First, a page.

Tag Archives: independent baseball

My Reflections As An Indy Ball Lifer (So Far)

Many years ago…

Before this site became the “dirt sheets” exposing poorly ran leagues…

Before this site became a trusted source for news and tryout information…

This site was a blog written by a fan who wanted to share her experiences with the world.

Tonight, as I arrived home 14 hours after I first left it this morning, I found myself reflecting on the THREE baseball games I attended today and the impact that both baseball and this blog have had on my life.

First off, I’ve been a fan of independent baseball since I was a teenager. The WildThings (the closest professional baseball team to my hometown) were formed when I was just 12 years old. I’ve grown up at the ballpark, and in turn, I’ve watched a lot of players grow up around me.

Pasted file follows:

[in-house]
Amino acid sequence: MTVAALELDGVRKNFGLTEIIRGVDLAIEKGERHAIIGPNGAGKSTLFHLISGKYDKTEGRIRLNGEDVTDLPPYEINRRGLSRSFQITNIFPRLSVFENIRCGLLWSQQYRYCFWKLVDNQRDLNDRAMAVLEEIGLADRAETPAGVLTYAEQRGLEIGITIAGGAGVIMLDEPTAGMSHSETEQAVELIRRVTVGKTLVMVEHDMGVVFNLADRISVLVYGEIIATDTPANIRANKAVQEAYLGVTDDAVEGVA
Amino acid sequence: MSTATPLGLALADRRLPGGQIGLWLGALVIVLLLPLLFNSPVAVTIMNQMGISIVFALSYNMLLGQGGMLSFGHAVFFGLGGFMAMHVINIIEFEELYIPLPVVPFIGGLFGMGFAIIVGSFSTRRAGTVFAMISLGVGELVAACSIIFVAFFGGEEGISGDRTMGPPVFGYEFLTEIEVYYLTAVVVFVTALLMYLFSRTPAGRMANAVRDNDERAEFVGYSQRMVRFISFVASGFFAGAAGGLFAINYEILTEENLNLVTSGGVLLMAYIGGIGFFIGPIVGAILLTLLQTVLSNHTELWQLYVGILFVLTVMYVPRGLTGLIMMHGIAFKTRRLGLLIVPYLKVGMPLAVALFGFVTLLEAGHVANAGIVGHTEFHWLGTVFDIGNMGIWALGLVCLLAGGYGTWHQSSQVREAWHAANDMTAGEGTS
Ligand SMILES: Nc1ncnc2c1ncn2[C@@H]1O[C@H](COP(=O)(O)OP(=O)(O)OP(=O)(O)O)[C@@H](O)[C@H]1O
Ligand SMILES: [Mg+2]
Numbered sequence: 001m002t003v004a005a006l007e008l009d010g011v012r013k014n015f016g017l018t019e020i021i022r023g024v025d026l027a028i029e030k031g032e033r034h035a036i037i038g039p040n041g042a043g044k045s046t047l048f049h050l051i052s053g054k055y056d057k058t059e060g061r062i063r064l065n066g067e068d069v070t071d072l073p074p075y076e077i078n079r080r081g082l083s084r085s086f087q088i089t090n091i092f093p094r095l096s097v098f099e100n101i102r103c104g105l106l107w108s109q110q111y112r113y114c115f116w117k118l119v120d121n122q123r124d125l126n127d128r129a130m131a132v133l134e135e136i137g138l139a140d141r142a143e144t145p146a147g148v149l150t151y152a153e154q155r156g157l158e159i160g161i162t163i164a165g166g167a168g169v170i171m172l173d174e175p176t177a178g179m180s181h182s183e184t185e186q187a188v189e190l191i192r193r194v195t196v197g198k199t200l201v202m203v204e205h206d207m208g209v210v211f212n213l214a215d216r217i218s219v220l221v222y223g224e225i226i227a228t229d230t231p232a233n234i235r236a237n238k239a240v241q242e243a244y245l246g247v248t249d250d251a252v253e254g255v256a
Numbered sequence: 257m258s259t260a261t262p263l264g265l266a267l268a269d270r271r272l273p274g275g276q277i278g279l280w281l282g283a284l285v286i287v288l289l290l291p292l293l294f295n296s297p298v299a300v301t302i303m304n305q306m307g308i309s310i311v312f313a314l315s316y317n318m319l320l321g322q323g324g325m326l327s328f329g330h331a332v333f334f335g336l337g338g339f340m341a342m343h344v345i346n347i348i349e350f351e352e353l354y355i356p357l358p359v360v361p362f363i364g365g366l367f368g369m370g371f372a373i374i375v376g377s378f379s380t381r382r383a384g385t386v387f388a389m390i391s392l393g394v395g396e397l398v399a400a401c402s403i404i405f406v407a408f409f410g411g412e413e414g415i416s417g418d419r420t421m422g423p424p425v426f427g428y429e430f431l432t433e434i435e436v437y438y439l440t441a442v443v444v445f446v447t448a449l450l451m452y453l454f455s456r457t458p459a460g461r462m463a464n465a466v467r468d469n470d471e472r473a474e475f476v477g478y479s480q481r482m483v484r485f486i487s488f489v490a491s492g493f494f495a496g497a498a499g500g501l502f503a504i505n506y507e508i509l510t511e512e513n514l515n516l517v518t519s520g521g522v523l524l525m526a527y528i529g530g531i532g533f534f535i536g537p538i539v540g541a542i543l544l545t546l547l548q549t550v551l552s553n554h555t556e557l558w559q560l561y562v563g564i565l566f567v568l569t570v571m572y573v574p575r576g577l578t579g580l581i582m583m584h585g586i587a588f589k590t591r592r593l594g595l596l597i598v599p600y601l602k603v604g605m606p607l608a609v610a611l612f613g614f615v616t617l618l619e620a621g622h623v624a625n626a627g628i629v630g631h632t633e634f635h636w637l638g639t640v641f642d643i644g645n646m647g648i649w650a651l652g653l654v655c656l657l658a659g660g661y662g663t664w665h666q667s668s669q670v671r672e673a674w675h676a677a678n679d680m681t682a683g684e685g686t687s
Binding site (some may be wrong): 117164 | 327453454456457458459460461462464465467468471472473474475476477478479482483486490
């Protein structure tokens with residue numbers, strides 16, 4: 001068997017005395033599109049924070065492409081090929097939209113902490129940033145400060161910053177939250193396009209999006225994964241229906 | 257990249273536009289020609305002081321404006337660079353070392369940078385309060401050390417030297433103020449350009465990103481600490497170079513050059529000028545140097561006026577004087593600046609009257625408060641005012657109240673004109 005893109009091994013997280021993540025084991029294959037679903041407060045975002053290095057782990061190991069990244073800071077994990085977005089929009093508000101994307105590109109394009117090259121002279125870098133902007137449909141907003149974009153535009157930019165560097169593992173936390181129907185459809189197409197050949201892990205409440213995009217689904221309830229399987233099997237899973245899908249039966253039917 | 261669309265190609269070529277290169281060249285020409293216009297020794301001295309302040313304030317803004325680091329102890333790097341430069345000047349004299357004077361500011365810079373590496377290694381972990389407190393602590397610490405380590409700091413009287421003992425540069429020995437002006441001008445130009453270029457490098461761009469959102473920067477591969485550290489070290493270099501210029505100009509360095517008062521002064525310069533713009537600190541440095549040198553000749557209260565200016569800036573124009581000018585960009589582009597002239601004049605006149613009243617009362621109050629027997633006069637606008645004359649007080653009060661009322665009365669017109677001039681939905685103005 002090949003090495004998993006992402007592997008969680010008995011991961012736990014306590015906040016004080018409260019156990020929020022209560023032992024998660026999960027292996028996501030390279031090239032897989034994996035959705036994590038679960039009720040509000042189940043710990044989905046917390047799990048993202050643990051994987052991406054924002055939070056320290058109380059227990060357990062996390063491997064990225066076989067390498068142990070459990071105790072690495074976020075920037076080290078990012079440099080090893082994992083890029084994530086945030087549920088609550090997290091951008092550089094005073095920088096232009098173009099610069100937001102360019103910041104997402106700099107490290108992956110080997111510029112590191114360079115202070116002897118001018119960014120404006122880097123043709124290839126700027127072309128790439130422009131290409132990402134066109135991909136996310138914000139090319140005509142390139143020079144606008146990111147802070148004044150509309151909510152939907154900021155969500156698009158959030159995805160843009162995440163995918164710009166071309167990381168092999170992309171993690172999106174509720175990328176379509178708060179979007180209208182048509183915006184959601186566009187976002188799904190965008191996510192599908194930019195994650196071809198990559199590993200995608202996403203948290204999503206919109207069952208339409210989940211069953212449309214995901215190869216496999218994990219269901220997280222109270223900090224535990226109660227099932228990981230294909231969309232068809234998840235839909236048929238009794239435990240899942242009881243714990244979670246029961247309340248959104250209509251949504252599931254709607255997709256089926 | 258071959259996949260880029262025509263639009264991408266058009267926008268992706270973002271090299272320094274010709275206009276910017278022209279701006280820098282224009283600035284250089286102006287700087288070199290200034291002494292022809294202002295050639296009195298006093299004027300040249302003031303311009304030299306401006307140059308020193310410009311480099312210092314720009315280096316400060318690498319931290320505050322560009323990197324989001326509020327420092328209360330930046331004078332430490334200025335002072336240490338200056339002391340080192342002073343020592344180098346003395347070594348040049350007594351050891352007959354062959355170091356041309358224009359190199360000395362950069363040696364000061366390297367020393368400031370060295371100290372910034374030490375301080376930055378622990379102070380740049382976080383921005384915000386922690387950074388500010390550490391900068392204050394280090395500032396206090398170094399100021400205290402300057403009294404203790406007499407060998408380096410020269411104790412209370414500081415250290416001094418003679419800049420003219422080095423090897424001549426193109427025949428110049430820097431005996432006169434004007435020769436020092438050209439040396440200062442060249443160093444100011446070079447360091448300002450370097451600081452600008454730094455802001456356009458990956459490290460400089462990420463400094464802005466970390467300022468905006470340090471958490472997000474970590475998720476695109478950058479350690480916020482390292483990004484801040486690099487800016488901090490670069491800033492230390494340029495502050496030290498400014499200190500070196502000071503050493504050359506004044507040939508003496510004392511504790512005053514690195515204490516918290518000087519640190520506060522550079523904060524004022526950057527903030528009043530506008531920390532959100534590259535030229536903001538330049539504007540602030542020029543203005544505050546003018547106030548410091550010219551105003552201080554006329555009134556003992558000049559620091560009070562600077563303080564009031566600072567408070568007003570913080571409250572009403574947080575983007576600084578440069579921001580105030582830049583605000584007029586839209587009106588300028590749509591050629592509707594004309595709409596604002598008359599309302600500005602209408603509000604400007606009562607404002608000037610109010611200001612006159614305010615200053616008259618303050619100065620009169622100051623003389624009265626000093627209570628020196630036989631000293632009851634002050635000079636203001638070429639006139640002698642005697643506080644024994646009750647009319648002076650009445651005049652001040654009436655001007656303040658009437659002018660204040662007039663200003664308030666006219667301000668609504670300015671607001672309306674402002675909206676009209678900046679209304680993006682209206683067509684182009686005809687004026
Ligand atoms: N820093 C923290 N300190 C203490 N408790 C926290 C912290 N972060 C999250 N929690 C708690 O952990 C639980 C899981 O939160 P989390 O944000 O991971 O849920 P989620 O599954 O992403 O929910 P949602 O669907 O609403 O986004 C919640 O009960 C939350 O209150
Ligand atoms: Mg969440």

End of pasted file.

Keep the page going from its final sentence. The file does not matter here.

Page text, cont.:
Tonight, the WildThings welcomed back members of the All-Decade team from the 2010’s. These guys were integral parts of teams that I saw every single home game for… and plenty of road trips as well. They were a part of a history making perfect game, league records, a wild card playoff win on the road that I will NEVER forget, and so many more summer night memories.

We’ve all grown up since those nights. I got to meet their babies while we talked about those games and what we’re all doing now.

Then one player asked me if I still write my blog. He mentioned that the team loved reading everything I would write when I was just figuring out what this site was all about. He also told me that he still has the drawing I did for him hanging up in his office. Comments like those mean the world to me.